Embodiments of the present invention may be employed in the design and manufacture of integrated circuits that have dummy metal patterns. In one embodiment, an improved process model that takes into account the effects of dummy metal patterns is created. Details of this improved process model are further discussed beginning with
The extraction of parasitic capacitance is a complex problem and accurate extractions involve the use of 3D (three dimensional) field solvers. While accurate, 3D analysis is capacity limited. Even for relatively small 6 to 10 net circuits, extraction may take 10 to 20 hours to complete. High-capacity extraction tools use 3D field solver technology to calculate capacitance for different types of interconnect structures. These predetermined set of interconnect structures and their capacitance values are stored in a library format. This process is also referred to as interconnect characterization for a technology and is performed once per technology. For the Assura™ software, a program called “capgen” performs this task; for the QX™ software, a program called “icecaps” performs this task, etc. The extraction process is reduced to recognition of interconnect structures in the circuit layout that match the predetermined set of interconnect structures in the library. A curve fitting mechanism is then employed to calculate the parasitic capacitance in the circuit layout. This interconnect characterization may be performed using the improved process model or its variants. For example, the improved process model may be used for “capgen” when employing the Assura™ software, for icecap when employing the QX™ software, and so on.
In step 202, a level of a process technology for an integrated circuit that has dummy metal patterns is represented in a process model by a high-k dielectric layer. A process technology generally describes an integrated circuit in terms of the process to be used in fabricating the integrated circuit. A high-k dielectric layer may comprise a dielectric material having a dielectric constant equal to or greater than about 15. Silicon dioxide is the most commonly used dielectric material. The relative dielectric constant of silicon dioxide is about 3.0 to 4.0. It is to be noted that some emerging new dielectric materials have a relative dielectric constant less than about 3.0 (low-k). A high-k dielectric constant is any value above 10.0. An example model level with such a high-k dielectric layer is shown in
In step 204, in regions of the high-k dielectric layer where metals are to be present, each metal is surrounded by a “normal” dielectric in the process model. The normal dielectric is the dielectric surrounding the metal in the actual integrated circuit. The normal dielectric may be placed between the metals and the high-k dielectric layer. An example model of a metal level in accordance with step 204 is shown in
In step 206, if voids are present in the actual integrated circuit, the voids are placed between metals in the process model. In one embodiment, the voids are represented in the model as regions within a normal dielectric. An example model level in accordance with step 206 is shown in
The process model resulting from method 200 may be implemented using commercially available extraction tools, such as the previously mentioned software from Cadence Designs Systems and Mentor Graphics, for example. The process model advantageously takes into account the effects of dummy metal patterns without appreciably increasing parasitic capacitance extraction time. Method 200 may be employed in the design of both full-custom and “ASIC-like” integrated circuits without appreciably limiting the capacity of existing extraction tools.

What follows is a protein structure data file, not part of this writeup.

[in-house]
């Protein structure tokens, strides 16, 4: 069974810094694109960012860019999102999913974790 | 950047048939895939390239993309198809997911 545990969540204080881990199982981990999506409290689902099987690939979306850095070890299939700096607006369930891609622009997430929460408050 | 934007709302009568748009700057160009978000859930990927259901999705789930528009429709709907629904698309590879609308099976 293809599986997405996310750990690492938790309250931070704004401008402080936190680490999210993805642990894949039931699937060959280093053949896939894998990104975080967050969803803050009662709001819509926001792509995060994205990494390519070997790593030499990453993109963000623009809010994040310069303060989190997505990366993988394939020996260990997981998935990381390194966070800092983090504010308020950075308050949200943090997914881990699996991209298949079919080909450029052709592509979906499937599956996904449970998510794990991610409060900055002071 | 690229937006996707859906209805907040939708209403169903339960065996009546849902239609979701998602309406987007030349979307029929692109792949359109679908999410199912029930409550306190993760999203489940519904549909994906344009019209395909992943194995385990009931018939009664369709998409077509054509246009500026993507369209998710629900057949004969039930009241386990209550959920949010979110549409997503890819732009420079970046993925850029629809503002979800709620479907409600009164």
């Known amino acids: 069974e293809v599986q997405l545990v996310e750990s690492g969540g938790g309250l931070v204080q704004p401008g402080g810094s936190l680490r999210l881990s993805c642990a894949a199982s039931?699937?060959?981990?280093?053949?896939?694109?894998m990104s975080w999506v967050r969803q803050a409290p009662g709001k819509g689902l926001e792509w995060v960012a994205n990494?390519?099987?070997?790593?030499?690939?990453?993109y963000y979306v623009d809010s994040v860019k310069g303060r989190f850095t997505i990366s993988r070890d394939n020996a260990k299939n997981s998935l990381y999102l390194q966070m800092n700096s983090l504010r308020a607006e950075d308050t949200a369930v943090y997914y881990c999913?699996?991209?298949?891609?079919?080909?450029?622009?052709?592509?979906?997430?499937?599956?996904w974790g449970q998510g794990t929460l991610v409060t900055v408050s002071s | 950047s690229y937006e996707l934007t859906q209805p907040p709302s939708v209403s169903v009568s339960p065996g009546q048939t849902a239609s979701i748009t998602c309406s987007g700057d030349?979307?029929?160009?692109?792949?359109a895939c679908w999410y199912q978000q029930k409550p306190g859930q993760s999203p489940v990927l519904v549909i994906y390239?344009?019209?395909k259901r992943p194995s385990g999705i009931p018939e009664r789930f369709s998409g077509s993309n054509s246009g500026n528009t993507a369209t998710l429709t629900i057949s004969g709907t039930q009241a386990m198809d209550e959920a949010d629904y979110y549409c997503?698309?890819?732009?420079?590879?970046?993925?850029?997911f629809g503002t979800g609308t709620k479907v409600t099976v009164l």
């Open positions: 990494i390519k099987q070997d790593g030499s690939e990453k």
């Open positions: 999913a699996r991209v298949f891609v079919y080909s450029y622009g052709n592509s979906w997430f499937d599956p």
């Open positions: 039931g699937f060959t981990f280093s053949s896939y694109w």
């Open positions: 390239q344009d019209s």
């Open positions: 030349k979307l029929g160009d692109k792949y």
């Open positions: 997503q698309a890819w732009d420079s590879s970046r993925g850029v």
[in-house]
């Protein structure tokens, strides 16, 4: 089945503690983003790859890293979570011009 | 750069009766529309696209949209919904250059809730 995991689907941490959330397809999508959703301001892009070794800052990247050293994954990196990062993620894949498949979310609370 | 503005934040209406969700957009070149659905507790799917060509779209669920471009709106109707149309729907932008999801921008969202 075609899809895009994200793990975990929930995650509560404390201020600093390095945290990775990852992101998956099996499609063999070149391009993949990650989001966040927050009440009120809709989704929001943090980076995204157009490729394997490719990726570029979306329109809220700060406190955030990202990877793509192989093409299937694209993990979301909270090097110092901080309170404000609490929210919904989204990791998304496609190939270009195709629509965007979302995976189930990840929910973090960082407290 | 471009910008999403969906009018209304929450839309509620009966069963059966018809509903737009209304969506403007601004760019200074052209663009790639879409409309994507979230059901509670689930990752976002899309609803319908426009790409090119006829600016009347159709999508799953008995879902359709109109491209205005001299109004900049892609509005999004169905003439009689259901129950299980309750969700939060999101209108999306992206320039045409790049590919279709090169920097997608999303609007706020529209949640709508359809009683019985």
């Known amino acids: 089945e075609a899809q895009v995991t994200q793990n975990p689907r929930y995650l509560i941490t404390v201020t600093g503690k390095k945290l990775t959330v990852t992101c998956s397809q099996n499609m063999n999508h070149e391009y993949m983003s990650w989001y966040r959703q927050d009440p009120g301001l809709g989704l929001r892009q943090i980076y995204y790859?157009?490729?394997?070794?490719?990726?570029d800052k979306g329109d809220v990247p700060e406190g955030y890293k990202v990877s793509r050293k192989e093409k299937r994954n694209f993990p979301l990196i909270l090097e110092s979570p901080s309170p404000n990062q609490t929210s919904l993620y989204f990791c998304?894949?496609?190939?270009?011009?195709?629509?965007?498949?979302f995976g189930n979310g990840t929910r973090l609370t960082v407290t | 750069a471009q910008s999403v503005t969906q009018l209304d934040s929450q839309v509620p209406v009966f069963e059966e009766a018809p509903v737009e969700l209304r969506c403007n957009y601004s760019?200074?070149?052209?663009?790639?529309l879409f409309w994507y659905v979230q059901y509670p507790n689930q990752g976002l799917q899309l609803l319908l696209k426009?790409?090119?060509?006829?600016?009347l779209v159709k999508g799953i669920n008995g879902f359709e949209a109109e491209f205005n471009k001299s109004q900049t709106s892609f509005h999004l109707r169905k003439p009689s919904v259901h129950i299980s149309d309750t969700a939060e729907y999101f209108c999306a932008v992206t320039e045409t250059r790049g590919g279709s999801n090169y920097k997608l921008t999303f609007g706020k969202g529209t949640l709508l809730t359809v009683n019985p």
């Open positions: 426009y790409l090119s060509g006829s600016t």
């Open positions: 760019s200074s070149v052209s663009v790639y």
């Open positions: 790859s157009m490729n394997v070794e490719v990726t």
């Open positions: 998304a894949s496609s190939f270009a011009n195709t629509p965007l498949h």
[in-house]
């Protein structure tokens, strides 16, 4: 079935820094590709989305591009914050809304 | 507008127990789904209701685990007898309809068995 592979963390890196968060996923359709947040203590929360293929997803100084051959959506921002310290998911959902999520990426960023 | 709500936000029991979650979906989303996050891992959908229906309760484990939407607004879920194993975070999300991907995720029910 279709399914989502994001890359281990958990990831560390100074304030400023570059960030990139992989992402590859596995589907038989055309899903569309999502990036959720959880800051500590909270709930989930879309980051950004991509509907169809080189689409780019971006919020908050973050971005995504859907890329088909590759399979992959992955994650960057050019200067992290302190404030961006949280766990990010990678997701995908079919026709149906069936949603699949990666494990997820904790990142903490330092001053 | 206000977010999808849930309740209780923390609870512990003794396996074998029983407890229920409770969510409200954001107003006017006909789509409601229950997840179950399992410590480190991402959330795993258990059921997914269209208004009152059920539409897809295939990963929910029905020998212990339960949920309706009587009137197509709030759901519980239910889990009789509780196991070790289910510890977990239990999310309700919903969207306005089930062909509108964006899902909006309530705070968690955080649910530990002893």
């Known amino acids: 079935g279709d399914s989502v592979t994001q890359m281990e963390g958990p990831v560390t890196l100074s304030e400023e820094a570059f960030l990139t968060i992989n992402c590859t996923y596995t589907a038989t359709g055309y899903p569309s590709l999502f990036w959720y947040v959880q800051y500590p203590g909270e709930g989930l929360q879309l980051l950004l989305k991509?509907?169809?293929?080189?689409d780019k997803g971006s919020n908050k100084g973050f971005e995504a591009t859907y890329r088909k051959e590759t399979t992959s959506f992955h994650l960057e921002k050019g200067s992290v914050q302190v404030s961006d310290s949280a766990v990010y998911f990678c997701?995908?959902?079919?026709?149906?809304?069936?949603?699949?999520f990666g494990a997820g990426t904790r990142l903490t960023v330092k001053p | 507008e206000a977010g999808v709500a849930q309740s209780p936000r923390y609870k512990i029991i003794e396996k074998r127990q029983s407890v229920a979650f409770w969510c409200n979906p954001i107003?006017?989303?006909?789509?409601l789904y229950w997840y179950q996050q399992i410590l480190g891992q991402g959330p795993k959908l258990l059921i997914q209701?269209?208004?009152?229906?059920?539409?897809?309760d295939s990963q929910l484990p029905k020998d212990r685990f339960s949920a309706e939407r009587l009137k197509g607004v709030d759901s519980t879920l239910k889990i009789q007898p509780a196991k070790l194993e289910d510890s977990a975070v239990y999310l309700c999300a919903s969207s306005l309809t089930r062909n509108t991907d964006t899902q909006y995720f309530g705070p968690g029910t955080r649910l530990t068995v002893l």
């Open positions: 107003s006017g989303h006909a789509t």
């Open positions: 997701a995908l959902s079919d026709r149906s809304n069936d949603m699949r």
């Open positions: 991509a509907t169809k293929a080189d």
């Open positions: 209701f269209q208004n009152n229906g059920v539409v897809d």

Another example illustrating method 200 is now described with reference to
Still referring to
Referring now to
In step 504, the width of the normal dielectric surrounding each metal in the subsequently created process model is determined. The width of the normal dielectric depends on the particulars of the technology. In one embodiment, the width of the normal dielectric in the model is based on the dimensions and spacing of the dummy metal patterns and the electrical design rules for the process technology. For example, the dimensions and spacing of dummy metal patterns in the integrated circuit may be determined using techniques disclosed in U.S. Provisional Application No. 60/531,938, entitled “WAFFLING TECHNOLOGY BASED ON OXIDE PATTERN DENSITY,” filed on Dec. 23, 2003 by Walter Iandolo, Yitzhak Gilboa, and Artur Balasinski, which is incorporated herein by reference in its entirety.
In one embodiment, the width of the normal dielectric may be the larger of (a) twice the minimum allowable spacing between a dummy metal and a metal line or (b) twice the “void critical distance” when voids are present in the metal level. Twice the dimension is used in the embodiment because the width of a normal dielectric comprises two regions surrounding a metal line (e.g., see dimensions D370-1 and D370-2 for the metal 310 in
The void critical distance is now explained with reference to
Continuing in step 506, the process model is created. The process model may be based on the cross-section of the process technology obtained in step 502 and the width of the normal dielectric determined in step 504. In one embodiment, the process model is created using the method 200 previously discussed with reference to
In step 508, the process model is verified. In one embodiment, only a small portion of the process model is verified. For example, about 3 to 6 nets of the process model may be verified by simulating a test structure using a field solver tool, such as the Raphael™ software from Synopsys, Inc. In one embodiment, the cross-section of
While specific embodiments of the present invention have been provided, it is to be understood that these embodiments are for illustration purposes and not limiting. Many additional embodiments will be apparent to persons of ordinary skill in the art reading this disclosure.
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|Cooperative Classification||G06F17/5009, G06F17/5068|
|European Classification||G06F17/50L, G06F17/50C|
|Jun 25, 2004||AS||Assignment|
Owner name: CYPRESS SEMICONDUCTOR CORPORATION, CALIFORNIA
Free format text: ASSIGNMENT OF ASSIGNORS INTEREST;ASSIGNORS:REKHI, SANJAY;LA BOUFF, MICHAEL;REEL/FRAME:015519/0527
Effective date: 20040624
|Feb 7, 2011||FPAY||Fee payment|
Year of fee payment: 4
|Mar 20, 2015||REMI||Maintenance fee reminder mailed|
|Mar 21, 2015||AS||Assignment|
Owner name: MORGAN STANLEY SENIOR FUNDING, INC., NEW YORK
Free format text: SECURITY INTEREST;ASSIGNORS:CYPRESS SEMICONDUCTOR CORPORATION;SPANSION LLC;REEL/FRAME:035240/0429
Effective date: 20150312
|Aug 7, 2015||LAPS||Lapse for failure to pay maintenance fees|
|Sep 29, 2015||FP||Expired due to failure to pay maintenance fee|
Effective date: 20150807